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David Diana
Aug 17, 2010

Chasing Cars on Horseback

“If I’d have asked customers what they wanted, they would have told me, ‘A faster horse!’ ” -Henry Ford

In the 1920’s and 30’s, the standard form of treatment was psychoanalytic in nature, consisting of four to five sessions per week for years at a time. Psychological problems were seen as the result of intrapsychic conflicts and unconscious motivations with an unwavering emphasis on the past.

Let’s think about this for a moment.

What insights would people have been able to provide in 1930 if you asked what they wanted from your services? What would you and I be able to brainstorm and offer our community if we were practicing?

My guess is we would not be entertaining thoughts of family therapy, ADHD treatment, or short-term cognitive therapy. Online Psychotherapy? The mere mention of it would be unintelligible and viewed as completely absurd. Yet all these have come to pass and are in various stages of growth.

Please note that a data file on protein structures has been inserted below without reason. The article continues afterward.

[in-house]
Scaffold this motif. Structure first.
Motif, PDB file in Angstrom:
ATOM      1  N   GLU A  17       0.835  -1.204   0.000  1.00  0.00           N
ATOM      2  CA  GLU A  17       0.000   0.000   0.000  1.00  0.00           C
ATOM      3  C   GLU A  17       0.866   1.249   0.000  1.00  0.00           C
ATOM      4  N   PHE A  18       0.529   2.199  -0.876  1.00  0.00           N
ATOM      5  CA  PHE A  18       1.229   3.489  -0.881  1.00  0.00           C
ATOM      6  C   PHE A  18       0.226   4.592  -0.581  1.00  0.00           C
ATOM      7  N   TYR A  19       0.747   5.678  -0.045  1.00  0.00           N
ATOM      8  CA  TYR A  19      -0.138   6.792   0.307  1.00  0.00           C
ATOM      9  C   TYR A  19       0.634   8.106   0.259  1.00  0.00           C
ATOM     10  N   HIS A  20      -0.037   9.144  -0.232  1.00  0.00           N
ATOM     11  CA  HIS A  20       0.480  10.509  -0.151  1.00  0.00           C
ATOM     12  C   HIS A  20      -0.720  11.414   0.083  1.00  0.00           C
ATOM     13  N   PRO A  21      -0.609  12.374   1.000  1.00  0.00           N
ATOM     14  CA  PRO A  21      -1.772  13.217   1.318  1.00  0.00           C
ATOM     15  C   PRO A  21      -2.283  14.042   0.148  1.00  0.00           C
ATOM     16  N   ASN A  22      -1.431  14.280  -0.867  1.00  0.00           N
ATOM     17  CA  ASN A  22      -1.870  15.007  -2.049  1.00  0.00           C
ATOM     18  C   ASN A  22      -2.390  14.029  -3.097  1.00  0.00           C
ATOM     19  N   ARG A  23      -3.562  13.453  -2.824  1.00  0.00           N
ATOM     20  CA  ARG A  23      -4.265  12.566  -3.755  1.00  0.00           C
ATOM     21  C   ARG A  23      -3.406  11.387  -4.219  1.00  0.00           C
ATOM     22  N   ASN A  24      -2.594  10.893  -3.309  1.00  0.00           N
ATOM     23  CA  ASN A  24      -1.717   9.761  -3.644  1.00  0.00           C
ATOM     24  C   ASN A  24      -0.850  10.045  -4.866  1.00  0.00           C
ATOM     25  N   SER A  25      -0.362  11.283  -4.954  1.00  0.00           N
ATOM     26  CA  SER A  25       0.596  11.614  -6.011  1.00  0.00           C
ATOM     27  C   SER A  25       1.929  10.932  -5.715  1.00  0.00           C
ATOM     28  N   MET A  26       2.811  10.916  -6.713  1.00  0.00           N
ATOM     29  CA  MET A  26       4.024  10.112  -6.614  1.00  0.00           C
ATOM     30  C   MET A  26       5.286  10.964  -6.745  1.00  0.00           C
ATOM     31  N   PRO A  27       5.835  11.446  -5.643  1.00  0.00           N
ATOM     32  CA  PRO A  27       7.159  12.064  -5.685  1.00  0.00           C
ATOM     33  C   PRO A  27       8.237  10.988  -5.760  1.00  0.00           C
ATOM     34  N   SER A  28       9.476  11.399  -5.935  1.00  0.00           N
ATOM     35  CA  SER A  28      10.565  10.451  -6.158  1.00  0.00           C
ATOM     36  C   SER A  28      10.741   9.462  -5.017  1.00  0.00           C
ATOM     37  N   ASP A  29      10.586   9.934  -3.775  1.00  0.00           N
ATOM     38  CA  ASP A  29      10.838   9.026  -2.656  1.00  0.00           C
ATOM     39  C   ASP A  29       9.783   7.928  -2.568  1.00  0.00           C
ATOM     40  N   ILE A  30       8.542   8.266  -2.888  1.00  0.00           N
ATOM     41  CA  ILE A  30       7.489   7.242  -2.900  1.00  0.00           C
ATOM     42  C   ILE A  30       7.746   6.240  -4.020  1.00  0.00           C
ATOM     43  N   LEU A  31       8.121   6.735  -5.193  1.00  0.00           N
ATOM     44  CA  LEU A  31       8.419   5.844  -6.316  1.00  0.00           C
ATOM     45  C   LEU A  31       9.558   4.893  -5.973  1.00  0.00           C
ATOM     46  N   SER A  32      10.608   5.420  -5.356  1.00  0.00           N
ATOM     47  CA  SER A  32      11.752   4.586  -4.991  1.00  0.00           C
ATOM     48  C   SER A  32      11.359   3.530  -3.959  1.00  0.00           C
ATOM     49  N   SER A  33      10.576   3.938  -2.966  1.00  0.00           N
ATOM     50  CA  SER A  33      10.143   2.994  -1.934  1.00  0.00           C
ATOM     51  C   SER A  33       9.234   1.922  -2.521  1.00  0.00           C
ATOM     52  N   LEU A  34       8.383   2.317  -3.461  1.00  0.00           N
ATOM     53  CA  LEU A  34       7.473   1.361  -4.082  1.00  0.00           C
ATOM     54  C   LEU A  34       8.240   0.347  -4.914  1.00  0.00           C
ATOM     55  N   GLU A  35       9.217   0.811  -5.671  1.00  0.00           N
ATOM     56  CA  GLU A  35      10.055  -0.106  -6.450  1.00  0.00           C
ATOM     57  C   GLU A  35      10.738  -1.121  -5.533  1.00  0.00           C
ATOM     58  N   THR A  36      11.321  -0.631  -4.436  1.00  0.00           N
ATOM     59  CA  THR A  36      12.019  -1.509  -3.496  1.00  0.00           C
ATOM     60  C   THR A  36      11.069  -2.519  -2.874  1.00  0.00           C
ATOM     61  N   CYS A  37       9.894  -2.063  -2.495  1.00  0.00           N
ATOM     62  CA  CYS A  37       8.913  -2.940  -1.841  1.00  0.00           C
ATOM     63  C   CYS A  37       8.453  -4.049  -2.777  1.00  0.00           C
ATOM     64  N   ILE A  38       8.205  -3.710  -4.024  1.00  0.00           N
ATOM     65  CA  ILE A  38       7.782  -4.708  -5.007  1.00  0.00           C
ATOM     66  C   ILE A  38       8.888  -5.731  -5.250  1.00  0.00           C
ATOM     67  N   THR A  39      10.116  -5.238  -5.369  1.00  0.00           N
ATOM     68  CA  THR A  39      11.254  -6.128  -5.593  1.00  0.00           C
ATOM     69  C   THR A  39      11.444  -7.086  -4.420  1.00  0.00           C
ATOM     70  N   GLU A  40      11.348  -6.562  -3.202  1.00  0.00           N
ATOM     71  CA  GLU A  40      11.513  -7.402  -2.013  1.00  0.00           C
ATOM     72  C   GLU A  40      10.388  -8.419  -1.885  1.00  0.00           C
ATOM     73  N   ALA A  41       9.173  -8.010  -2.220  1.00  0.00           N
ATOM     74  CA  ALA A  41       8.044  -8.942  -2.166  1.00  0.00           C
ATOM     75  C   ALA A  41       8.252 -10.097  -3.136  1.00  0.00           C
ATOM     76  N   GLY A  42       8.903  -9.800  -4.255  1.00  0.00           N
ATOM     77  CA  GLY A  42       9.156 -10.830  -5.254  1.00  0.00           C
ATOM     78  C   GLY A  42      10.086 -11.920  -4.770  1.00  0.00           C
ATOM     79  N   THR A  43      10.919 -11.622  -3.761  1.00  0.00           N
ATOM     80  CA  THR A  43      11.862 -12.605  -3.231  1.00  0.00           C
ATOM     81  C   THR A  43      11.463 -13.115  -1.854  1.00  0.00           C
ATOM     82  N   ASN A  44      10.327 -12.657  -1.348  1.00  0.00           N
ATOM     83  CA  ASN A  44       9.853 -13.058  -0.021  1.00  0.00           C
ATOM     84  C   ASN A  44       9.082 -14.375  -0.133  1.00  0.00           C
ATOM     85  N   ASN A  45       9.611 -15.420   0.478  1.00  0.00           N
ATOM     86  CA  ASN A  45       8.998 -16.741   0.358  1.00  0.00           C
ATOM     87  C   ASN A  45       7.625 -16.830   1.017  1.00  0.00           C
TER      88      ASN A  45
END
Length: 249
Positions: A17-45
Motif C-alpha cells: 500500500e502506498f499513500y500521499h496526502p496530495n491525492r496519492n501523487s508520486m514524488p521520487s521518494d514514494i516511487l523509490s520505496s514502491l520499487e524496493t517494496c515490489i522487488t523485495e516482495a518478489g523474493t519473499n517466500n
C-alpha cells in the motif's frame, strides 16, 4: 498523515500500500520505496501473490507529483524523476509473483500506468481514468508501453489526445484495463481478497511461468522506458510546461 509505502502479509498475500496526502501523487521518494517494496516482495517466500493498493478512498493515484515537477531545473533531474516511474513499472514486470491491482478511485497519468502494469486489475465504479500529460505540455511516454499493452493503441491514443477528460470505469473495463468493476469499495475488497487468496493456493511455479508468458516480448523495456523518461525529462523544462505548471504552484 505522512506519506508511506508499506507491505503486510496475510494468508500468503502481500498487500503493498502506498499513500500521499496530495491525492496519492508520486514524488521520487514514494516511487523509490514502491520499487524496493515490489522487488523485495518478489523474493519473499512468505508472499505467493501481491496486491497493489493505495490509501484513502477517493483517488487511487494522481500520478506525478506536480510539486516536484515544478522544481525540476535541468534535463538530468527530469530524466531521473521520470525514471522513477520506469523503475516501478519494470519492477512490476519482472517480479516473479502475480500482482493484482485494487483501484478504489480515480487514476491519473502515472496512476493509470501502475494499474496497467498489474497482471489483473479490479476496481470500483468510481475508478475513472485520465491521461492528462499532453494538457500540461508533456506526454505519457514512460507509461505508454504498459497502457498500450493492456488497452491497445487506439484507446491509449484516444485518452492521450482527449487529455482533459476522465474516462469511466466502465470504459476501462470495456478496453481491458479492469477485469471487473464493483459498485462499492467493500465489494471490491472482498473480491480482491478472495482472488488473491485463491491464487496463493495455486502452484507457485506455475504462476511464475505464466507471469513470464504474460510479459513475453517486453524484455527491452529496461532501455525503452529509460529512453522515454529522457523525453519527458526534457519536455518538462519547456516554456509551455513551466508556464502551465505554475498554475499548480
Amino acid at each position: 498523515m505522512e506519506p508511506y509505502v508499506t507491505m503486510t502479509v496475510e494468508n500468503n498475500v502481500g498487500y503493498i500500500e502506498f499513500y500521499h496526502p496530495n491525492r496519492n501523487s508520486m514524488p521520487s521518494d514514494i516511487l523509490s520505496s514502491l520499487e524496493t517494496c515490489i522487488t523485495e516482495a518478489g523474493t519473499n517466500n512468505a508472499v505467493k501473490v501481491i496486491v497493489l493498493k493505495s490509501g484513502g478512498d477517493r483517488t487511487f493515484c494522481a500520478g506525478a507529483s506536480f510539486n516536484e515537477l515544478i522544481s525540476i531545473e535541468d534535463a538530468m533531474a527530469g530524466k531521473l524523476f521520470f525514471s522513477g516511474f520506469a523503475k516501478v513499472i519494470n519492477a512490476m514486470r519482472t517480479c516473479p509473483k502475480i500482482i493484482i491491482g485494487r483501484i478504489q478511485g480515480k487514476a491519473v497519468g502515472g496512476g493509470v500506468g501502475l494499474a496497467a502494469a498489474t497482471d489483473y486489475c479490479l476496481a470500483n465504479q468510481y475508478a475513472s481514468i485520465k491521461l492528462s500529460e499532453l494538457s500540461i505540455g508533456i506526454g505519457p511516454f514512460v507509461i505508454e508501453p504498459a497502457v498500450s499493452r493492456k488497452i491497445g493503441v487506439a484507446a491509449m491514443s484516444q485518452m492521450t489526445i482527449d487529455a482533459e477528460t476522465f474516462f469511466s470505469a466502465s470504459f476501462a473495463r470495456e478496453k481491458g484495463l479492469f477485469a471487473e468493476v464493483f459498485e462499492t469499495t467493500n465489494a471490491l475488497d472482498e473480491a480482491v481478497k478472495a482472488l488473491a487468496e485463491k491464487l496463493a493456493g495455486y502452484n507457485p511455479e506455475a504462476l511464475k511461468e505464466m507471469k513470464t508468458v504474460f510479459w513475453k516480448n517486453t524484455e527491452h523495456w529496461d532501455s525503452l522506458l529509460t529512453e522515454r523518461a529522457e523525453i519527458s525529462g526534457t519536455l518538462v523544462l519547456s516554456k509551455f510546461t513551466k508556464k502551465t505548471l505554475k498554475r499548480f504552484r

It’s difficult to see beyond the surface. We look to grow our practice and expand our careers, but we may only be able to see a few feet in front. We only see the “faster horse”. The context of our lives provides a backdrop that rewards the obvious.

Public opinion is an even trickier and more dangerous factor to consider. It makes perfect sense to seek out those we respect most, and it is considered wise to listen to what the community is saying they want and need. But do they really know? Consider the lesson offered by Henry Ford. Progress and innovation rarely come from a place of knowing. At some point we must look beyond the feedback, opinions and daunting criticisms.

Avoid the temptation to accept things at face value. Use the advice and input you receive as inspiration to change, but don’t let it define your direction. In the end, you must look inward and do the work you believe is worth doing.

If you choose not to, your “possibilities” will only reach out to the realm of what already exists. And as others begin to stretch the boundaries, linear progressions will be broken. A sudden “leap” in progress and innovation will occur.

That’s when you’ll find yourself chasing cars on horseback.

David P. Diana is a counselor, author, and a director for a behavioral healthcare organization. He writes a weekly blog on sales and marketing for counselors and provides seminars and trainings(

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